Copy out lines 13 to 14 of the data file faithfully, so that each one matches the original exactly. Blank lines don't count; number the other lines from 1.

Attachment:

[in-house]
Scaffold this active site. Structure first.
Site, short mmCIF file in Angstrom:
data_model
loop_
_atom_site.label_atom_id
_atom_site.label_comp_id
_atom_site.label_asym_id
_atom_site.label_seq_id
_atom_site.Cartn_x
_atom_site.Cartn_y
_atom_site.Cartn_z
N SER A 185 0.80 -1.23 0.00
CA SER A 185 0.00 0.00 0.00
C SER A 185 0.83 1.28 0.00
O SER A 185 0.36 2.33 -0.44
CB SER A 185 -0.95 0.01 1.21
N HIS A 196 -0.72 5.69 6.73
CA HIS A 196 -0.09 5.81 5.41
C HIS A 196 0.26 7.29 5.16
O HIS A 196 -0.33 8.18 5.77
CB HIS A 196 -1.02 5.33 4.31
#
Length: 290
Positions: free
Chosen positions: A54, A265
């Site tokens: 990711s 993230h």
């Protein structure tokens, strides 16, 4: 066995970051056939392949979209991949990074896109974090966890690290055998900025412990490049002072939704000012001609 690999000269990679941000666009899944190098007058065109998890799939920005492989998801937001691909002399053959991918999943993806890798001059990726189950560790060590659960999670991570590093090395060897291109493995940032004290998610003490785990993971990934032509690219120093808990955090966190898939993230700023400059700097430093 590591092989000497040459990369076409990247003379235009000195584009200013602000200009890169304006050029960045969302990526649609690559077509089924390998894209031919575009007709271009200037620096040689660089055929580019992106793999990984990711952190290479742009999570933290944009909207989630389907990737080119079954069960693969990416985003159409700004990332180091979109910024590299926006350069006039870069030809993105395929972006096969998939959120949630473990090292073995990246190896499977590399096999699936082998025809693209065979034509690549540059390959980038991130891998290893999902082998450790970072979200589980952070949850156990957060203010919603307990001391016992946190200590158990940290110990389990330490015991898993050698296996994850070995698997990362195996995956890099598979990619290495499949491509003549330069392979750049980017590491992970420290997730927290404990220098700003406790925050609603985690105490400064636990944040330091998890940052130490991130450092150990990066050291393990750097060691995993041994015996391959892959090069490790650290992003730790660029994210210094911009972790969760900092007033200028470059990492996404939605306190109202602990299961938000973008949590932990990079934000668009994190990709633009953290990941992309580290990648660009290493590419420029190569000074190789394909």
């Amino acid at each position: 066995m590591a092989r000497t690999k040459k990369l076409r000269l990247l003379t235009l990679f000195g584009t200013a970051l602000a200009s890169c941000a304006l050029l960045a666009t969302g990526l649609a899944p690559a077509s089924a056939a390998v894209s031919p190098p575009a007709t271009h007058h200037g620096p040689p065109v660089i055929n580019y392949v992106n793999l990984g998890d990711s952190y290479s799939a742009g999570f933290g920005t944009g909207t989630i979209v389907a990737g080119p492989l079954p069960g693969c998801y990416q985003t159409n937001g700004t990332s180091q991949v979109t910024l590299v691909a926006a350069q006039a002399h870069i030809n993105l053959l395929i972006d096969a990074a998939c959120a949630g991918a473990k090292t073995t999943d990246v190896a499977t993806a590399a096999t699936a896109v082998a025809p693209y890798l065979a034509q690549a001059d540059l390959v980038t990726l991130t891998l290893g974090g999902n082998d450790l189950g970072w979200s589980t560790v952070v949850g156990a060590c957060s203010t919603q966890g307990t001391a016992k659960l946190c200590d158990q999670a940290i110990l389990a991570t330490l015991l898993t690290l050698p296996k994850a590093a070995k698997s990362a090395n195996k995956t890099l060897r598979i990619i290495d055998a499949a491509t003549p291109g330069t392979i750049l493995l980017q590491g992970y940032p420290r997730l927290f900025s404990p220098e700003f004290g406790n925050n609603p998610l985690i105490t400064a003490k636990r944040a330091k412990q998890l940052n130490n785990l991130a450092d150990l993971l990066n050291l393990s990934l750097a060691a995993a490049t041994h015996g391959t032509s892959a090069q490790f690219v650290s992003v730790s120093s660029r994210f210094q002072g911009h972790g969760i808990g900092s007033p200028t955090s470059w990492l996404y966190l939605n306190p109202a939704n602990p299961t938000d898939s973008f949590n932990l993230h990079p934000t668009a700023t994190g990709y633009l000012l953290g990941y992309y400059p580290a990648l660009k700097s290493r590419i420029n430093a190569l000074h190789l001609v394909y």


N SER A 185 0.80 -1.23 0.00
CA SER A 185 0.00 0.00 0.00